What transcripts are found in a human cell?
- Hamish Scott
© BioMed Central Ltd 2000
Received: 14 February 2000
Published: 27 April 2000
Serial analysis of gene expression (SAGE) has been used to analyze the complete human 'transcriptome' - the number, identity and level of expression of genes in humans.
Significance and context
Understanding how the spatial and temporal expression patterns of individual genes relate to expression patterns of other genes and to changes in the organism's behavioral state, onset of disease and response to drugs should provide valuable insight into molecular physiology. Hence the great interest in high-throughput differential gene-expression technologies that can quantitatively analyze all mRNAs expressed by a cell or tissue type at any given time. The number, identity and level of expression of the entire set of genes expressed from a eukaryotic genome for a defined population of cells is defined as a 'transcriptome'. An alternative to the much-hyped cDNA microarray technology for this purpose is serial analysis of gene expression (SAGE), which, curiously, was originally described in the same issue of Science as the microarray methodology from Stanford. As with expressed sequence tags (ESTs), SAGE relies on sequencing to identify genes and can be considered as a variant of EST analysis. Unlike EST analysis, however, SAGE identifies only a short sequence from a defined position within the transcript. The use of short tags enables approximately 40 times as many transcripts to be identified by SAGE as can be identified in an EST project for the same sequencing effort.Theoretically, the defined position of the tag within the transcript enables unambiguous transcript identification, in contrast to ESTs. Also, SAGE does not depend on prior knowledge of transcript sequence; experimental data are electronically stored and can be reanalyzed as genome projects advance or are completed; and SAGE provides absolute rather than relative expression levels. The analysis by Velculescu et al. provides a true snapshot of how many transcripts are needed to make up a human cell's biochemical machinery and the levels of expression of these transcripts, and provides a wealth of data for analysis in other laboratories.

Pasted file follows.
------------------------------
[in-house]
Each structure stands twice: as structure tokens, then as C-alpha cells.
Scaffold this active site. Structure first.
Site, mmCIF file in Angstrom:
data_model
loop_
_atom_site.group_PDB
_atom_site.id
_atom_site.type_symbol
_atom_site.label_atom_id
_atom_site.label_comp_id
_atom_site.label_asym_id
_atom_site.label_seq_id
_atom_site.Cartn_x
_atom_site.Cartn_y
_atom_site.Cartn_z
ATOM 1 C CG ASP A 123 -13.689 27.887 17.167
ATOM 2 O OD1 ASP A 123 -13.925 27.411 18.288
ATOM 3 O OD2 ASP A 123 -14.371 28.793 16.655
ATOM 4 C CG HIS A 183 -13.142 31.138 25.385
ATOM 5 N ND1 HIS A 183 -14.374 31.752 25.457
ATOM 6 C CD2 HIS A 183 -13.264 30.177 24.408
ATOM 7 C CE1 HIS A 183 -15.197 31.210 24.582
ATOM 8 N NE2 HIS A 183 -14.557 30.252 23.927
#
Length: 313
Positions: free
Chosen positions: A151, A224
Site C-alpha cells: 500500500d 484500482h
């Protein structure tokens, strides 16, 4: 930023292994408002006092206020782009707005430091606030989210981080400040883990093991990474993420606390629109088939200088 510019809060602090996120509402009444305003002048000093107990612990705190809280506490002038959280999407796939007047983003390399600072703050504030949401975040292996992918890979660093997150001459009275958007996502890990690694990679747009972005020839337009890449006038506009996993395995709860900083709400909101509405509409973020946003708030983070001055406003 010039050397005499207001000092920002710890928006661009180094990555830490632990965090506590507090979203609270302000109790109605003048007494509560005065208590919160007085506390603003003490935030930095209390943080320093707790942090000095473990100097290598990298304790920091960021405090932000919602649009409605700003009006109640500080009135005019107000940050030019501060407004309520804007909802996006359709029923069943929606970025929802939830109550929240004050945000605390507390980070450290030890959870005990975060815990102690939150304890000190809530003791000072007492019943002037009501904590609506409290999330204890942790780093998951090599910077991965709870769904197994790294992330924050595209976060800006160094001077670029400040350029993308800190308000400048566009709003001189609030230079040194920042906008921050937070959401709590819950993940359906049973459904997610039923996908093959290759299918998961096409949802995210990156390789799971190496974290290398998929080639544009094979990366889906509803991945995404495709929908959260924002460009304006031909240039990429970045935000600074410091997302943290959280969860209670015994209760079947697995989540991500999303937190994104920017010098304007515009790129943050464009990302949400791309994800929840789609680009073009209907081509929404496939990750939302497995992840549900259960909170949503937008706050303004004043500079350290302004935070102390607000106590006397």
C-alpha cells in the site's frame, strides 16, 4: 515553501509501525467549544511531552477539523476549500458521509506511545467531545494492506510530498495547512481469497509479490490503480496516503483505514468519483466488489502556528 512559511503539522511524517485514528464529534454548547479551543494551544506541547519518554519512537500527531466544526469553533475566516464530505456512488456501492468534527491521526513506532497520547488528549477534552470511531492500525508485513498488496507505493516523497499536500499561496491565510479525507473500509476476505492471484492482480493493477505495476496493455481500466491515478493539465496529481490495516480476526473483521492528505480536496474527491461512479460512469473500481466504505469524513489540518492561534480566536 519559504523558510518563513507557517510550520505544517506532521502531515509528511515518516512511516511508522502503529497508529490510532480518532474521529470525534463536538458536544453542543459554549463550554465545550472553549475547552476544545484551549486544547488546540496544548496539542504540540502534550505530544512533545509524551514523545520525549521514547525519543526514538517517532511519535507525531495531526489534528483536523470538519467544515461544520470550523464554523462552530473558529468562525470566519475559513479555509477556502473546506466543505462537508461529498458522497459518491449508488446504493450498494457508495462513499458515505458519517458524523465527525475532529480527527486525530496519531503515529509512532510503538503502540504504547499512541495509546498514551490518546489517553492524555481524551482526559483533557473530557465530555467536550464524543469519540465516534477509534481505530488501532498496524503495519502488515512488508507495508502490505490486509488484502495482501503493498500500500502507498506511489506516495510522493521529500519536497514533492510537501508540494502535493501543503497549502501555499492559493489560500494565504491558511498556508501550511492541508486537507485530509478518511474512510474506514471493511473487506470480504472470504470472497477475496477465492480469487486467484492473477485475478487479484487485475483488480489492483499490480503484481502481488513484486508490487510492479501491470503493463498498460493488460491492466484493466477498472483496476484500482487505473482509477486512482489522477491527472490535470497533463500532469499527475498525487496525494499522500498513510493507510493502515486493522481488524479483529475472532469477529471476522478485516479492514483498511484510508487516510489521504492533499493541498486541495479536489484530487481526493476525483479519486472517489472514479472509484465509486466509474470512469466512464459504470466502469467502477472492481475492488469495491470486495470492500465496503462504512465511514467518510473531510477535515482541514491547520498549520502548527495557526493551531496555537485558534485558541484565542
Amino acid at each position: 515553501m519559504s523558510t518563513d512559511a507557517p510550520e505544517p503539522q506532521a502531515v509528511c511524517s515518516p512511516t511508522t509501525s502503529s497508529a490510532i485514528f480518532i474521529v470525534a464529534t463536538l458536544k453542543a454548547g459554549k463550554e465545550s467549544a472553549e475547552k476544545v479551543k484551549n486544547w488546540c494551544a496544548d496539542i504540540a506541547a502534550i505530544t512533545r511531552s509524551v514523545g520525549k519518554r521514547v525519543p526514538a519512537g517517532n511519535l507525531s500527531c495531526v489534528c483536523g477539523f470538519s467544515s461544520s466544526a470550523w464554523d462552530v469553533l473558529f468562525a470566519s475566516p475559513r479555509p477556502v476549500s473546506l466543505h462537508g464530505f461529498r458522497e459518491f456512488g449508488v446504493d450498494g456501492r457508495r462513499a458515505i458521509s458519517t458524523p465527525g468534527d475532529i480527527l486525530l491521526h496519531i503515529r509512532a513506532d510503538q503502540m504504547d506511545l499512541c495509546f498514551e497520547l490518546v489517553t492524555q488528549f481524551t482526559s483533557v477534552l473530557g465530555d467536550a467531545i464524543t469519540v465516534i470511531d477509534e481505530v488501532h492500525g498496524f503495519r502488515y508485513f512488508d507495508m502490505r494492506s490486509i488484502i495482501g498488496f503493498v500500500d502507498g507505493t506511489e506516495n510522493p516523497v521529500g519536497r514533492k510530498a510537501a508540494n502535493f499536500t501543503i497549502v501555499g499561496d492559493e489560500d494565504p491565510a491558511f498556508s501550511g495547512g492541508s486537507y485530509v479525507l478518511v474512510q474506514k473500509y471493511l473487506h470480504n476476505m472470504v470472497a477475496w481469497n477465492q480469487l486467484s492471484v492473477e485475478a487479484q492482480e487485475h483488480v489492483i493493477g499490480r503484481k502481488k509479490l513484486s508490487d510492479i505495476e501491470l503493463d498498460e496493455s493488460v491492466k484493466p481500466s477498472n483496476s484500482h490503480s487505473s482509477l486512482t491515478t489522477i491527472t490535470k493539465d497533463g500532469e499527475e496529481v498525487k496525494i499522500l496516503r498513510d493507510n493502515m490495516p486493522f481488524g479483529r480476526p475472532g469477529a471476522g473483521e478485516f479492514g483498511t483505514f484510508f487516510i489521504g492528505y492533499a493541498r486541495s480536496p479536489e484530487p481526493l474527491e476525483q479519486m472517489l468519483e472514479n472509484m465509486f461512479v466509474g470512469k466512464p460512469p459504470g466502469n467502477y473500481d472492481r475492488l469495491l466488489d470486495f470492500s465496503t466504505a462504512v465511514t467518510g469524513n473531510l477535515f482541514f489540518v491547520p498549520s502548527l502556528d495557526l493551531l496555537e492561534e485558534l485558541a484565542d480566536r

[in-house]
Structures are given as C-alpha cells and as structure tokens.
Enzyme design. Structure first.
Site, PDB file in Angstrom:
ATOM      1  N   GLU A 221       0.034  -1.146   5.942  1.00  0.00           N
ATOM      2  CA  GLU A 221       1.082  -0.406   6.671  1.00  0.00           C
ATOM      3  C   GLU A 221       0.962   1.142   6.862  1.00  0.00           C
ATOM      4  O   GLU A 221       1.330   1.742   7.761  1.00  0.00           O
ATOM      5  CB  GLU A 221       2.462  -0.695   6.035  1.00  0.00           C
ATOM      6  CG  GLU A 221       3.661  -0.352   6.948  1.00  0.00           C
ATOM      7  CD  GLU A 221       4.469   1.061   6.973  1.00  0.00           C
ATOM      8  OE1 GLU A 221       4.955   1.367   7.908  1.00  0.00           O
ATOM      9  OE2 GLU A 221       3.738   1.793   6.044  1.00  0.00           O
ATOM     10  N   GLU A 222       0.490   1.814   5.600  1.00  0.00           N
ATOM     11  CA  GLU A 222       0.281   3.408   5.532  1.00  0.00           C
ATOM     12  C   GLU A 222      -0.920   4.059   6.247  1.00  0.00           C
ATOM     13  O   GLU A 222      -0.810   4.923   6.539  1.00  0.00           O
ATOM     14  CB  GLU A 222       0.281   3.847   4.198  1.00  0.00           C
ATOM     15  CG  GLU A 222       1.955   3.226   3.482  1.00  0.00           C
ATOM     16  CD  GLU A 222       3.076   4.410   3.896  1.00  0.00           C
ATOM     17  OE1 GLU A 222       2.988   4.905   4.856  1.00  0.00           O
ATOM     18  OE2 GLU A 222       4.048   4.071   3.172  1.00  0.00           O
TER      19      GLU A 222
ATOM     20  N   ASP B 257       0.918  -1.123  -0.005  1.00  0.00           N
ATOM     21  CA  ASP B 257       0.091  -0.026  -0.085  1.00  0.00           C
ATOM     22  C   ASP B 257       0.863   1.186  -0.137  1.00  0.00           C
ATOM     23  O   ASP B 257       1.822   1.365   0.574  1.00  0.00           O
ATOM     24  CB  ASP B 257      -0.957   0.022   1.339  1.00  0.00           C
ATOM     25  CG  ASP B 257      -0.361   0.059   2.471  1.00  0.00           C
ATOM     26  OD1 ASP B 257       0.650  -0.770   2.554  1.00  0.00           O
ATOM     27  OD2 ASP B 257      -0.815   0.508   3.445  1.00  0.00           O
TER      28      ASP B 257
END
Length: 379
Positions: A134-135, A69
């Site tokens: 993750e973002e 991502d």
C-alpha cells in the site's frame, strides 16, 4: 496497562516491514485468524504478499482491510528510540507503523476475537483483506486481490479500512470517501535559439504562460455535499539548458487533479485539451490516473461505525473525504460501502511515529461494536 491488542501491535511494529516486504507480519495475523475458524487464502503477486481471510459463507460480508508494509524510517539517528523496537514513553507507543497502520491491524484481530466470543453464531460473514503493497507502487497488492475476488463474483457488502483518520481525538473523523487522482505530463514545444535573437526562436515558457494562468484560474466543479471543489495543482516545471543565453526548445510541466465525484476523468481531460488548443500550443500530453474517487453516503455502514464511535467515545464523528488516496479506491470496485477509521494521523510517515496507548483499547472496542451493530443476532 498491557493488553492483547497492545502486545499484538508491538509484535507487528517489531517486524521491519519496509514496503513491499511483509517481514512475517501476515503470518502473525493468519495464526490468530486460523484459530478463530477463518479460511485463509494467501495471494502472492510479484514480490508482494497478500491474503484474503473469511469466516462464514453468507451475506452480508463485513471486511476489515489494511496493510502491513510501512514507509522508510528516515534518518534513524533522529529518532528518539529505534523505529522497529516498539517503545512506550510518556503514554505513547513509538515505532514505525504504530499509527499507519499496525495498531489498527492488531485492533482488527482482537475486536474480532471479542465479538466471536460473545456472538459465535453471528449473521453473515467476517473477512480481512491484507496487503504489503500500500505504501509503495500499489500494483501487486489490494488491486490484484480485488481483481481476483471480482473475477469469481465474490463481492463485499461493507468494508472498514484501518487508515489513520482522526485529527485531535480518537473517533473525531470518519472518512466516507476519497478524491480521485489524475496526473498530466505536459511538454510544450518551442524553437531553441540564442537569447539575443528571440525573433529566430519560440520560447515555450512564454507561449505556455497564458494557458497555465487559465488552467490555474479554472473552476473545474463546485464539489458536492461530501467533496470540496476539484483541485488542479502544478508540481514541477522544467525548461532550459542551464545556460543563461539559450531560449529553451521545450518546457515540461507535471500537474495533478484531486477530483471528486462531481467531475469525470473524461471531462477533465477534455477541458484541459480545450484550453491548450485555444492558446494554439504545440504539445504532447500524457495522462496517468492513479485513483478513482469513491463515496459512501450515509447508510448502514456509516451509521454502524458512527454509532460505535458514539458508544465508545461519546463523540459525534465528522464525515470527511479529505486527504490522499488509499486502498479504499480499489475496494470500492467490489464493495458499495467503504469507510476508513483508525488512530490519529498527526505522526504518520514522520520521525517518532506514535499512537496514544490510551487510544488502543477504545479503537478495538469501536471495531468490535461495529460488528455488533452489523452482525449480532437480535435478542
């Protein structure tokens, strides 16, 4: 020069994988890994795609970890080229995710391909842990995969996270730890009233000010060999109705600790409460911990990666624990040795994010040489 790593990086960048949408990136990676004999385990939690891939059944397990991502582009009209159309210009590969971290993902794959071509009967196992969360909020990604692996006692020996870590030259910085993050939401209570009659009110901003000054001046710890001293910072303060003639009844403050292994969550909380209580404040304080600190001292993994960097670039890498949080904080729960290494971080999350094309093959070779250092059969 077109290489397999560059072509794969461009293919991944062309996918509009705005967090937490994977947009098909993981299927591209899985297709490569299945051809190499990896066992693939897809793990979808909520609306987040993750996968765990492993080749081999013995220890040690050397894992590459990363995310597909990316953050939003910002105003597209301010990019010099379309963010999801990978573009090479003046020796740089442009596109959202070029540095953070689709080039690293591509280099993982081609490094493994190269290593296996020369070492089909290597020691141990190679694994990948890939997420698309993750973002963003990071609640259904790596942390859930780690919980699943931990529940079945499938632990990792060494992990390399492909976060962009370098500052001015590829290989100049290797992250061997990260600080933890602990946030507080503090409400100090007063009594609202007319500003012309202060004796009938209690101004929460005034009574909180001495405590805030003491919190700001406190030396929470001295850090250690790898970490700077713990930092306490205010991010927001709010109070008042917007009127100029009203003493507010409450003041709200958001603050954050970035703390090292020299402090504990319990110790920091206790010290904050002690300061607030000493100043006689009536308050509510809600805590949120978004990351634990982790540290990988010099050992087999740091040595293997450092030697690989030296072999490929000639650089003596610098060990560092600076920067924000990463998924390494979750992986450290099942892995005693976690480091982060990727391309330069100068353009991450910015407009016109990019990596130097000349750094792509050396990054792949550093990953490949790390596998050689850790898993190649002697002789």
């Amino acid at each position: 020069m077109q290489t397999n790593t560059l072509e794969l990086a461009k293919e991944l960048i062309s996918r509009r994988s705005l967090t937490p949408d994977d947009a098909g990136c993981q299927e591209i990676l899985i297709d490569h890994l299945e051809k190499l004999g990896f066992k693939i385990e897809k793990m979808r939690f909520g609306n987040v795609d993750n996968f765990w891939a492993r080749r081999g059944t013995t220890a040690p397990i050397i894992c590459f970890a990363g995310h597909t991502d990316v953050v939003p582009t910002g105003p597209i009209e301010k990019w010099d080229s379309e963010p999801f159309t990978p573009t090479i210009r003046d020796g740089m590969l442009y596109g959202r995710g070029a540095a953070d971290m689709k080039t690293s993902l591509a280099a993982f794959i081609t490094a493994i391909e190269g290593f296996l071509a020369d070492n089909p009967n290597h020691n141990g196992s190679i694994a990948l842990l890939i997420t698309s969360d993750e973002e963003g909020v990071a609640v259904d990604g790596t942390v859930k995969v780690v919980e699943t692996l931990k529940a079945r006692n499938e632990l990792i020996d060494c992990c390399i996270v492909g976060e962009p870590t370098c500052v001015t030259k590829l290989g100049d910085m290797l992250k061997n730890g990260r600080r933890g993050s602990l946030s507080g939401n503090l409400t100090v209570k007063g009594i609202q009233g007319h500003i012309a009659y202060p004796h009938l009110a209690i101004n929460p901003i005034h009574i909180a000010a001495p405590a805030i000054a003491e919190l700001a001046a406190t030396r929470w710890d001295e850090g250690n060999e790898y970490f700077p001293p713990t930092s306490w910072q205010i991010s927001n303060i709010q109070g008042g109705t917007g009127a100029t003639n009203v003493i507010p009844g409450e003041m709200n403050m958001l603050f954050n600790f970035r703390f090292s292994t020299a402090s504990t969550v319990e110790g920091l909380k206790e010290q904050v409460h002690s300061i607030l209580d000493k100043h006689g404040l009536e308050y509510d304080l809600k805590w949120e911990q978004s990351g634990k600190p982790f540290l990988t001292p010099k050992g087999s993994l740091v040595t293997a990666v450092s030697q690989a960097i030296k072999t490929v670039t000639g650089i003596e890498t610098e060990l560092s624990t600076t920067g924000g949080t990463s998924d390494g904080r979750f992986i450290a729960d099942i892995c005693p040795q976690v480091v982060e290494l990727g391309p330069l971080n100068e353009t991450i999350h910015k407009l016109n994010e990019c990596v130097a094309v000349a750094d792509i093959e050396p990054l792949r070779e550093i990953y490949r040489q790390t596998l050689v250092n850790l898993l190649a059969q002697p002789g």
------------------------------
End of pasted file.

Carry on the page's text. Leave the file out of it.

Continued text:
More information about SAGE is available from the Serial analysis of gene expressionhttp://www.sagenet.org homepage and the SAGEmap site at the National Center for Biotechnological Information (NCBI). For information on cDNA microarray technology visit the Gene Chips (DNA Microarrays)http://www.gene-chips.com website.
Velculescu et al.have provided a database of transcripts that is ripe for the picking. There are known and unknown transcripts and ones that are ubiquitously expressed or specific to certain cell types. By making comparisons with this published human transcriptome, SAGE analyses of human tissue will be able quickly to identify transcripts unique to other biological situations. Perhaps the most troubling aspect of this data for future studies in all mammals is the quantification of the large number of transcripts that are identified as being present at fewer than five copies per cell. These rare transcripts comprise 25% of cellular mRNA by mass but 94% of unique transcripts, and only 50% match transcript sequences (mRNAs and ESTs) in GenBank or EMBL (Figure 1). Many of these transcripts will be at least partially identified by genomic sequencing. But will microarray technologies be sensitive enough not only to detect but also to quantitate these low-abundance transcripts?
Many researchers are already combining different techniques, including SAGE and cDNA microarrays, in an attempt to get the best of both techniques. Probes representing a substantial group of genes of known different expression levels (from SAGE) and an additional labeled target RNA (from a cell line for which SAGE data exists) could be added to microarray experiments as an additional set of controls to allow conversion of microarray data to more absolute expression levels.